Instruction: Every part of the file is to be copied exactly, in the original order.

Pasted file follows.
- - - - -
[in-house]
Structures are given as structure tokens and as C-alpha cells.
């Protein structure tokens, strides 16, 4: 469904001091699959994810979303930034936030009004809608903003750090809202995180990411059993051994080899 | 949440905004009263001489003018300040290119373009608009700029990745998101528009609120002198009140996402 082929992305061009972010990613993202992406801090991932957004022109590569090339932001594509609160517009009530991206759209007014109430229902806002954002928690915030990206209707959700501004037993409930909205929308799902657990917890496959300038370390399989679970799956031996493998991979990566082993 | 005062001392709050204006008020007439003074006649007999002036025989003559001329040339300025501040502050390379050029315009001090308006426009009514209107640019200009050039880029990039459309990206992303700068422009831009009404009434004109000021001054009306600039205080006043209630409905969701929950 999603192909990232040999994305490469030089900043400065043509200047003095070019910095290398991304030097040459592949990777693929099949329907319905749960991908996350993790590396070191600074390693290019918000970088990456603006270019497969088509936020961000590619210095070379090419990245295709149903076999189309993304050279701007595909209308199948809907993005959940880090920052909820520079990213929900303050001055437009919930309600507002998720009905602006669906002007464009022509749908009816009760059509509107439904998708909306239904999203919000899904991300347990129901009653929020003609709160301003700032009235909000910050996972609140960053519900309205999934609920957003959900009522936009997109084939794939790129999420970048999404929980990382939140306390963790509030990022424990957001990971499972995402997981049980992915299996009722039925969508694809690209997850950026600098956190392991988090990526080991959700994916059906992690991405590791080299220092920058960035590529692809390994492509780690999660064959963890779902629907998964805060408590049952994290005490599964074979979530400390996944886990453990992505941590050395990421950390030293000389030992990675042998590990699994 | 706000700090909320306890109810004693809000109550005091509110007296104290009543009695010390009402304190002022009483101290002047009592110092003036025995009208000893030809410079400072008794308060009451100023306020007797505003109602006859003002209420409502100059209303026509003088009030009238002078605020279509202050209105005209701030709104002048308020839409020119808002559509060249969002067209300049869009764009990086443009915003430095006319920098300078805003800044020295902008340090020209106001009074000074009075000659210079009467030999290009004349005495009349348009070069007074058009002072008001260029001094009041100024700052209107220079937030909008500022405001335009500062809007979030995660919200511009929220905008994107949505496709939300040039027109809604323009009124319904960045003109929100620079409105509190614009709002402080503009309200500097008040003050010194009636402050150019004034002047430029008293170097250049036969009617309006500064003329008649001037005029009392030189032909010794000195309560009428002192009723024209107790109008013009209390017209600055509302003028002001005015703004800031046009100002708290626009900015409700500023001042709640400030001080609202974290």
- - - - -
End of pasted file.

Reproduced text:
[in-house]
Structures are given as structure tokens and as C-alpha cells.
């Protein structure tokens, strides 16, 4: 469904001091699959994810979303930034936030009004809608903003750090809202995180990411059993051994080899 | 949440905004009263001489003018300040290119373009608009700029990745998101528009609120002198009140996402 082929992305061009972010990613993202992406801090991932957004022109590569090339932001594509609160517009009530991206759209007014109430229902806002954002928690915030990206209707959700501004037993409930909205929308799902657990917890496959300038370390399989679970799956031996493998991979990566082993 | 005062001392709050204006008020007439003074006649007999002036025989003559001329040339300025501040502050390379050029315009001090308006426009009514209107640019200009050039880029990039459309990206992303700068422009831009009404009434004109000021001054009306600039205080006043209630409905969701929950 999603192909990232040999994305490469030089900043400065043509200047003095070019910095290398991304030097040459592949990777693929099949329907319905749960991908996350993790590396070191600074390693290019918000970088990456603006270019497969088509936020961000590619210095070379090419990245295709149903076999189309993304050279701007595909209308199948809907993005959940880090920052909820520079990213929900303050001055437009919930309600507002998720009905602006669906002007464009022509749908009816009760059509509107439904998708909306239904999203919000899904991300347990129901009653929020003609709160301003700032009235909000910050996972609140960053519900309205999934609920957003959900009522936009997109084939794939790129999420970048999404929980990382939140306390963790509030990022424990957001990971499972995402997981049980992915299996009722039925969508694809690209997850950026600098956190392991988090990526080991959700994916059906992690991405590791080299220092920058960035590529692809390994492509780690999660064959963890779902629907998964805060408590049952994290005490599964074979979530400390996944886990453990992505941590050395990421950390030293000389030992990675042998590990699994 | 706000700090909320306890109810004693809000109550005091509110007296104290009543009695010390009402304190002022009483101290002047009592110092003036025995009208000893030809410079400072008794308060009451100023306020007797505003109602006859003002209420409502100059209303026509003088009030009238002078605020279509202050209105005209701030709104002048308020839409020119808002559509060249969002067209300049869009764009990086443009915003430095006319920098300078805003800044020295902008340090020209106001009074000074009075000659210079009467030999290009004349005495009349348009070069007074058009002072008001260029001094009041100024700052209107220079937030909008500022405001335009500062809007979030995660919200511009929220905008994107949505496709939300040039027109809604323009009124319904960045003109929100620079409105509190614009709002402080503009309200500097008040003050010194009636402050150019004034002047430029008293170097250049036969009617309006500064003329008649001037005029009392030189032909010794000195309560009428002192009723024209107790109008013009209390017209600055509302003028002001005015703004800031046009100002708290626009900015409700500023001042709640400030001080609202974290």